I am taking a break from my brick’n click column to share a few thoughts with you on ways of working and the T shaped person (nothing to do with apple or pear shapes I promise).
The projects I have been involved in recently had one thing in common: a teamwork approach to creating a concept. “A camel is a horse designed by committee” was exactly what I was thinking. If certain parameters are in place however – a thorough brief, a common goal, talent with complimentary skill sets in the team, open communication and, not to forget, competent guidance – it can work.
Different Needs, Different Approaches
In one instance, a Squared Online assignment, I was part of a group of eight that never met or worked with each other before. We simply had the common goal to come up with an online business and develop the pitch deck together. The first step was to agree on the big idea – we all threw our suggestions in the ring, outlining the what, why and how and then settled on one concept. Using the Business Model Canvas as our framework, everyone then signed up for their area of contribution. Like you’d expect there wasn’t an expert for everything but it was made up for with effort and will to learn. While this took place in the safe environment of a course with no other pressure than what we put on ourselves, it was very interesting to see how everyone found their role in the team and how much we got out of this exercise. All done in the virtual space, with a virtual toast at the end.
And now an example from real life, with one of my clients: instead of students the group was made up of a client team and various experts, with the goal to develop the retail design vision for a new product line. The experts each added a different but very relevant angle to the brief and together covered all aspects of the customer experience. As a result we were able to outline an all-encompassing concept in just two days that is rooted in the combined knowledge and experience of the client and retail specialists. A creative process is fluid and often has to deal with goalpost shifting, but those laid roots will help to re-align when and where necessary. Even better, taking employees out of their usual working environment helps to break down silo barriers and empowers in-house talent. The loudest does not always have the most to add, but hidden gems will have a chance to shine.
In both cases the will to contribute and open, honest communication were key success contributors. One can easily see how powerful this way of working can be, if you have the ideal mix of parameters and guidance as outlined above.
In fact, in this age of cloud computing and BYOD more and more companies have cross-disciplinary teams, internal and external to the business working collaboratively, across cultures and time zones – and the constant need to improve, evolve and transform – it is no surprise a new type of model employee has emerged.
The T-shaped Person
The term apparently originated at McKinsey & Company in internal conversations about what kinds of consultants to hire but it is the design firm IDEO who made it more widely known. Famous for its method of innovation based on intense cross-disciplinary project work, IDEO has long practiced the art of collaboration and the development of the T-shape talent.How to become T-shaped. Intelligenthq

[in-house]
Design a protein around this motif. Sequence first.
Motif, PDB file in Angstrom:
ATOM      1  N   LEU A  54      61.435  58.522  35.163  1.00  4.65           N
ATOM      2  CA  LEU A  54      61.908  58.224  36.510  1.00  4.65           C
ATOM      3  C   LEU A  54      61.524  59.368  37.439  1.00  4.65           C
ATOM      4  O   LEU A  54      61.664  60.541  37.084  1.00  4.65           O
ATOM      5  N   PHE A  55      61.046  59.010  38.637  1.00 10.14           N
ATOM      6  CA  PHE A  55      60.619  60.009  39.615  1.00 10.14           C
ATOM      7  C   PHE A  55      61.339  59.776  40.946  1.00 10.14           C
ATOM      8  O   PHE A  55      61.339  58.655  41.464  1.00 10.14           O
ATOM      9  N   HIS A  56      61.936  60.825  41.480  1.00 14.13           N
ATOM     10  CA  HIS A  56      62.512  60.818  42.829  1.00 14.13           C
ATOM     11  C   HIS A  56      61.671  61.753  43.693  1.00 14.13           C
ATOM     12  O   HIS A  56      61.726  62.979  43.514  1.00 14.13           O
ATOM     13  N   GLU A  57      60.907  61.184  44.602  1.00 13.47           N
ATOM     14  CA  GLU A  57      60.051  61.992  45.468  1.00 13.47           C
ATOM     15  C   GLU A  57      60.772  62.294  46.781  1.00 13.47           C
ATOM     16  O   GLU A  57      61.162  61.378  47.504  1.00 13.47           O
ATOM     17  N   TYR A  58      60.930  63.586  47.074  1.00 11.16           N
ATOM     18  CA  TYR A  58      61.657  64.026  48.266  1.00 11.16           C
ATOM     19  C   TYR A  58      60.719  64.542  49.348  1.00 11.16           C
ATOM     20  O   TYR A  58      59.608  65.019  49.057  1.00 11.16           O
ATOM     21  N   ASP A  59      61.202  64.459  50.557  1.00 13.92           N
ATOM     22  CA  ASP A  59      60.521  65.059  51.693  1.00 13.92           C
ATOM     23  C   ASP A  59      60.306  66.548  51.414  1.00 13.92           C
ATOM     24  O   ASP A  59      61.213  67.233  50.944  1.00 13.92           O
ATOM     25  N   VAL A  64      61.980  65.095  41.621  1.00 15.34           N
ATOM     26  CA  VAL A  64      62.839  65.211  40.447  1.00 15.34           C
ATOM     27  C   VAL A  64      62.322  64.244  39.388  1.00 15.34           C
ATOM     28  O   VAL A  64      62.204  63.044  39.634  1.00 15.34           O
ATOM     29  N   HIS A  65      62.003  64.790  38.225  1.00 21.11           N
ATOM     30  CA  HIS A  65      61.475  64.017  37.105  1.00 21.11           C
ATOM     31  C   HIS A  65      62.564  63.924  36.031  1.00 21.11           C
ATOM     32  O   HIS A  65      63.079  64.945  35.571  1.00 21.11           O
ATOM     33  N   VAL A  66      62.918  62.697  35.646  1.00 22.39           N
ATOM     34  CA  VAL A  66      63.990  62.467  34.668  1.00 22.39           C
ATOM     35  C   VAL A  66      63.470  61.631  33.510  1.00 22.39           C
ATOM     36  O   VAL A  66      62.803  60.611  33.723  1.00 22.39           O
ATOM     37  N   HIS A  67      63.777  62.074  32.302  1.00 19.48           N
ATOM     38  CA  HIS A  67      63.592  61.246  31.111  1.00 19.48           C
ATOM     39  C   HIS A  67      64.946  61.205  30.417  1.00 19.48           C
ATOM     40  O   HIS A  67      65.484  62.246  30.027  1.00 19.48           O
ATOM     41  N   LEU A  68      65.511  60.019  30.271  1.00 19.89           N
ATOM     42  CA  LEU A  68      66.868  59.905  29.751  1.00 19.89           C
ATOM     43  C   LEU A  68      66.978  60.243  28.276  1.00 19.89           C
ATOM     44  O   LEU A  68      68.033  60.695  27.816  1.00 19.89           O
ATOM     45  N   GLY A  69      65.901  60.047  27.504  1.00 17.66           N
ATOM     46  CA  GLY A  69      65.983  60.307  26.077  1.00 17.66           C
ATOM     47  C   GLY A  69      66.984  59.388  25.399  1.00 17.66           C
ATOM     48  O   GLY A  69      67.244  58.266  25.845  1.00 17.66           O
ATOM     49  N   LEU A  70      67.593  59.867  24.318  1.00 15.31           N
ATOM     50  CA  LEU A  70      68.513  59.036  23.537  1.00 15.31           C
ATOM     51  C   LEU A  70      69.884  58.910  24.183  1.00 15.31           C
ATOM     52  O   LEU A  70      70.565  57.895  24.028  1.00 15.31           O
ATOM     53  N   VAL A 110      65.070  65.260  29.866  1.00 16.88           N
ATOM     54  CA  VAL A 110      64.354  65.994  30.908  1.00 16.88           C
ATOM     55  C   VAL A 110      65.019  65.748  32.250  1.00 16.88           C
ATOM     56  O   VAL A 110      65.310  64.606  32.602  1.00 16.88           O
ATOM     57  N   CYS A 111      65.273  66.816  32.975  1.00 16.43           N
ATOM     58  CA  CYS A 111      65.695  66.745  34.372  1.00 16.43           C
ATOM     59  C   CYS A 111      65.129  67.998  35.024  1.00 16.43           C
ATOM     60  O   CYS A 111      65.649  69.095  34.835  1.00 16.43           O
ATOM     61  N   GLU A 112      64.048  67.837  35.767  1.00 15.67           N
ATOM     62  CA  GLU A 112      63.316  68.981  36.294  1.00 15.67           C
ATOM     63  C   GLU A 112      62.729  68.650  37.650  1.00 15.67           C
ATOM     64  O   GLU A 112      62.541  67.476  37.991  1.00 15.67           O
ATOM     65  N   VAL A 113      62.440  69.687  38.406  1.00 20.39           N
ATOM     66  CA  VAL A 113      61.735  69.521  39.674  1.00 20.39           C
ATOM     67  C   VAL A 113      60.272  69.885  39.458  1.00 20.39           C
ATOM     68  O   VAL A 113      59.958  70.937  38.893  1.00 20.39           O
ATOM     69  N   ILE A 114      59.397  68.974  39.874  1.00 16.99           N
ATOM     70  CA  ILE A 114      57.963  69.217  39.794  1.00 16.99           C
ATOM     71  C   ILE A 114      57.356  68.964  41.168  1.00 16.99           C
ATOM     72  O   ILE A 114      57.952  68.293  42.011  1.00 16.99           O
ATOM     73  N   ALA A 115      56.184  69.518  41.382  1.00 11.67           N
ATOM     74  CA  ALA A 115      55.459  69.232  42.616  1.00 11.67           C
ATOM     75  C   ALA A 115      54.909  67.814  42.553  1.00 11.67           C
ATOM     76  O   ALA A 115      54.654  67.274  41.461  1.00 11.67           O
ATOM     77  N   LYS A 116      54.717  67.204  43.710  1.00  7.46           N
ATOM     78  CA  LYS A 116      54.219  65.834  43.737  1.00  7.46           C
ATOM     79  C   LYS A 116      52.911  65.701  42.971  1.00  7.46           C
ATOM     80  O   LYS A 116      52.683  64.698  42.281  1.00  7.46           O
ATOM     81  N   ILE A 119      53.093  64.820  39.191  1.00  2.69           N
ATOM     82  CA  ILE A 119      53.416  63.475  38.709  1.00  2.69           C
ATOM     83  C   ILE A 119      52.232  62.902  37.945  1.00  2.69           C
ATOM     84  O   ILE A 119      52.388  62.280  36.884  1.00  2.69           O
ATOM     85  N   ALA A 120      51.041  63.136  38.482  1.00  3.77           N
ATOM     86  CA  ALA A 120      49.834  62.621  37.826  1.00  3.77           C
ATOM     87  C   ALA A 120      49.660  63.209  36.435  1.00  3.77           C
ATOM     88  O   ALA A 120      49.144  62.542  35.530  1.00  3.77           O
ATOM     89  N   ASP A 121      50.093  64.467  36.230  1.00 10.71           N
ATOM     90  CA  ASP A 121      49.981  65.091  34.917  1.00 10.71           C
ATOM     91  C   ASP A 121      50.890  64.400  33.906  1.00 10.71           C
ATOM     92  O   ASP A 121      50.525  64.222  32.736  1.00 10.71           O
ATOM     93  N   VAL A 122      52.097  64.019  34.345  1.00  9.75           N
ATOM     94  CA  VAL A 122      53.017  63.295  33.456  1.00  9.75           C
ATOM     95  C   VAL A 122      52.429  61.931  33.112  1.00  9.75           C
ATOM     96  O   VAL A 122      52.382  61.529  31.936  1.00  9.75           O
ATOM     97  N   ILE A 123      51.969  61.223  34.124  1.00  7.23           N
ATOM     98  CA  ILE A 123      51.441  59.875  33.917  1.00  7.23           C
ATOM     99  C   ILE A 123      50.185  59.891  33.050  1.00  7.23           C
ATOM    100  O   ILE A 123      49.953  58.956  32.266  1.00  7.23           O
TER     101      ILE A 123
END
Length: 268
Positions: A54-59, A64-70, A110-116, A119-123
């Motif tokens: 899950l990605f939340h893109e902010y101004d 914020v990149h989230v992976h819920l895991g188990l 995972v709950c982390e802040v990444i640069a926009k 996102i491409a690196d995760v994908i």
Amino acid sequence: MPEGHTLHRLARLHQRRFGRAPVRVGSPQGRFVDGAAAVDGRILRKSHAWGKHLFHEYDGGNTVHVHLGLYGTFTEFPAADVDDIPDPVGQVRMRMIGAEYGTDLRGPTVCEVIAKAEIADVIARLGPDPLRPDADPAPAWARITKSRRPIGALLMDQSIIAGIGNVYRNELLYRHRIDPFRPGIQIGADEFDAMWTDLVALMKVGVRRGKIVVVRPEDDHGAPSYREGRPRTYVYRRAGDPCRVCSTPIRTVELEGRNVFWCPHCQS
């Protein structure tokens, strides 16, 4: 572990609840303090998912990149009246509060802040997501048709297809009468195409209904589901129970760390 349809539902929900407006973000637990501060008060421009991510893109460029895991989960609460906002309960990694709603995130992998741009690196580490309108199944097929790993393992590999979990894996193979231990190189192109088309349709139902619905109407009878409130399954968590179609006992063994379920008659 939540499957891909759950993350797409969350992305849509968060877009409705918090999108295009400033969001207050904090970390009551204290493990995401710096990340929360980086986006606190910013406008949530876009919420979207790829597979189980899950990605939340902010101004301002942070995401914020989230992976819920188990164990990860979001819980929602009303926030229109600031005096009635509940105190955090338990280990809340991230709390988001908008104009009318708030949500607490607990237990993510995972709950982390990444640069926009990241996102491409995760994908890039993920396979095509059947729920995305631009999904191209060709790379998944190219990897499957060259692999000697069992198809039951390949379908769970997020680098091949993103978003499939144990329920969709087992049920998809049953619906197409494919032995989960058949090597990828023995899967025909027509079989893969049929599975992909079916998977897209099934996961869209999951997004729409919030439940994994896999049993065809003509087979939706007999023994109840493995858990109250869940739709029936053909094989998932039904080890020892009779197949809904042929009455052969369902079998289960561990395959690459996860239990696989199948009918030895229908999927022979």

According to IDEO’s CEO Tim Brown “T-shaped people have two kinds of characteristics, hence the use of the letter “T” to describe them. The vertical stroke of the “T” is a depth of skill that allows them to contribute to the creative process. That can be from any number of different fields. The horizontal stroke of the “T” is the disposition for collaboration across disciplines”.It is composed of two things. First, empathy. It’s important because it allows people to imagine the problem from another perspective- to stand in somebody else’s shoes. Second, they tend to get very enthusiastic about other people’s disciplines, to the point that they may actually start to practice them. T shaped people have both depth and breadth in their skills.”
Some universities now teach T-shape skills. Internships are another way for companies to develop specialists into versatilists where there is potential. The best way to find out is having a conversation about the projects they have done: if it’s all about their achievement be cautious. If on the other hand the person talks about how other people have helped them do what they have done there is evidence of emphaty, collaboration and interest in working with other people. If someone is a really popular member of a project team here, when people are always trying to get them assigned to their project, that’s a pretty good clue that they are good at their content and that they are also collaborative.
So, take advantage of these skilled T-shape resources by providing the right team with a thorough brief, common goals, open communications and competent guidance and you’ll have a much better chance to end up with a high-performance horse in the end.
Sigrid Brewka-Steeves is a Customer Experience Design consultant and Creative Director. With a background in Scenography and Interior Architecture, she has over fifteen years planning, leading and delivering award-winning international, multi-discipline and multi-sector Design Innovation and Brand Development projects and has worked on client, agency and delivery sides of the table. Sigrid collaborates with her clients on formalising their vision to improve or transform their cross channel customer experiences, creating unique, functional and on-brand solutions with commerciality in mind.